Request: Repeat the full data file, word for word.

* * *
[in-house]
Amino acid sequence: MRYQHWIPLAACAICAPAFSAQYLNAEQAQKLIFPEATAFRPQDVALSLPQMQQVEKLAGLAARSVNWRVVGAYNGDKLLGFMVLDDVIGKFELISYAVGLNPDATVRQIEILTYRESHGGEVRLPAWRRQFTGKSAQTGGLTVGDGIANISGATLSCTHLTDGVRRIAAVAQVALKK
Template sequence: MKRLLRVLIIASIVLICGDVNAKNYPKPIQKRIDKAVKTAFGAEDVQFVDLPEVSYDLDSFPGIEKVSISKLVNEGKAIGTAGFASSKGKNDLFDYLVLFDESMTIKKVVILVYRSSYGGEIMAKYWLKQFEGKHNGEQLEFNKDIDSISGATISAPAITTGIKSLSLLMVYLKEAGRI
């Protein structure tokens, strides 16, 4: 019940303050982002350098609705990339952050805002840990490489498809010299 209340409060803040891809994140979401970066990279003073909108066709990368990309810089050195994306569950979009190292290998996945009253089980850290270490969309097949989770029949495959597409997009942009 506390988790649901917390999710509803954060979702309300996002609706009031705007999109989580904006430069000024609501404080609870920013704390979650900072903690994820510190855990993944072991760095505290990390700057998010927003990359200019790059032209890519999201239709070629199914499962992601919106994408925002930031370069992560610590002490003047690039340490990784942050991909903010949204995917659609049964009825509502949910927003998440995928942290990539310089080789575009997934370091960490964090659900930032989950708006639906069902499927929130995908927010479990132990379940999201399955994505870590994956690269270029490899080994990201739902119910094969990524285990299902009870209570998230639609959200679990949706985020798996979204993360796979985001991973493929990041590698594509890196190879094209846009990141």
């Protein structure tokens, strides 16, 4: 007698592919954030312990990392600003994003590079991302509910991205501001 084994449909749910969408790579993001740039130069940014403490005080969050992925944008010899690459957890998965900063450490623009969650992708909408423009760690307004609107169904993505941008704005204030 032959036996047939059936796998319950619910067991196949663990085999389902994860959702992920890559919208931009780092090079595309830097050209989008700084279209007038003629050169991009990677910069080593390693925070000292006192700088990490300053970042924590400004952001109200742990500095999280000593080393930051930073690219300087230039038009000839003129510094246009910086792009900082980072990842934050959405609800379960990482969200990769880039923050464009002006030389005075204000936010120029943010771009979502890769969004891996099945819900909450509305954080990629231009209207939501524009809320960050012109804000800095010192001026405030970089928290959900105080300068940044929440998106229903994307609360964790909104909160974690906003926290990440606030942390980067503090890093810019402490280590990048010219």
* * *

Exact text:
[in-house]
Amino acid sequence: MRYQHWIPLAACAICAPAFSAQYLNAEQAQKLIFPEATAFRPQDVALSLPQMQQVEKLAGLAARSVNWRVVGAYNGDKLLGFMVLDDVIGKFELISYAVGLNPDATVRQIEILTYRESHGGEVRLPAWRRQFTGKSAQTGGLTVGDGIANISGATLSCTHLTDGVRRIAAVAQVALKK
Template sequence: MKRLLRVLIIASIVLICGDVNAKNYPKPIQKRIDKAVKTAFGAEDVQFVDLPEVSYDLDSFPGIEKVSISKLVNEGKAIGTAGFASSKGKNDLFDYLVLFDESMTIKKVVILVYRSSYGGEIMAKYWLKQFEGKHNGEQLEFNKDIDSISGATISAPAITTGIKSLSLLMVYLKEAGRI
């Protein structure tokens, strides 16, 4: 019940303050982002350098609705990339952050805002840990490489498809010299 209340409060803040891809994140979401970066990279003073909108066709990368990309810089050195994306569950979009190292290998996945009253089980850290270490969309097949989770029949495959597409997009942009 506390988790649901917390999710509803954060979702309300996002609706009031705007999109989580904006430069000024609501404080609870920013704390979650900072903690994820510190855990993944072991760095505290990390700057998010927003990359200019790059032209890519999201239709070629199914499962992601919106994408925002930031370069992560610590002490003047690039340490990784942050991909903010949204995917659609049964009825509502949910927003998440995928942290990539310089080789575009997934370091960490964090659900930032989950708006639906069902499927929130995908927010479990132990379940999201399955994505870590994956690269270029490899080994990201739902119910094969990524285990299902009870209570998230639609959200679990949706985020798996979204993360796979985001991973493929990041590698594509890196190879094209846009990141």
């Protein structure tokens, strides 16, 4: 007698592919954030312990990392600003994003590079991302509910991205501001 084994449909749910969408790579993001740039130069940014403490005080969050992925944008010899690459957890998965900063450490623009969650992708909408423009760690307004609107169904993505941008704005204030 032959036996047939059936796998319950619910067991196949663990085999389902994860959702992920890559919208931009780092090079595309830097050209989008700084279209007038003629050169991009990677910069080593390693925070000292006192700088990490300053970042924590400004952001109200742990500095999280000593080393930051930073690219300087230039038009000839003129510094246009910086792009900082980072990842934050959405609800379960990482969200990769880039923050464009002006030389005075204000936010120029943010771009979502890769969004891996099945819900909450509305954080990629231009209207939501524009809320960050012109804000800095010192001026405030970089928290959900105080300068940044929440998106229903994307609360964790909104909160974690906003926290990440606030942390980067503090890093810019402490280590990048010219």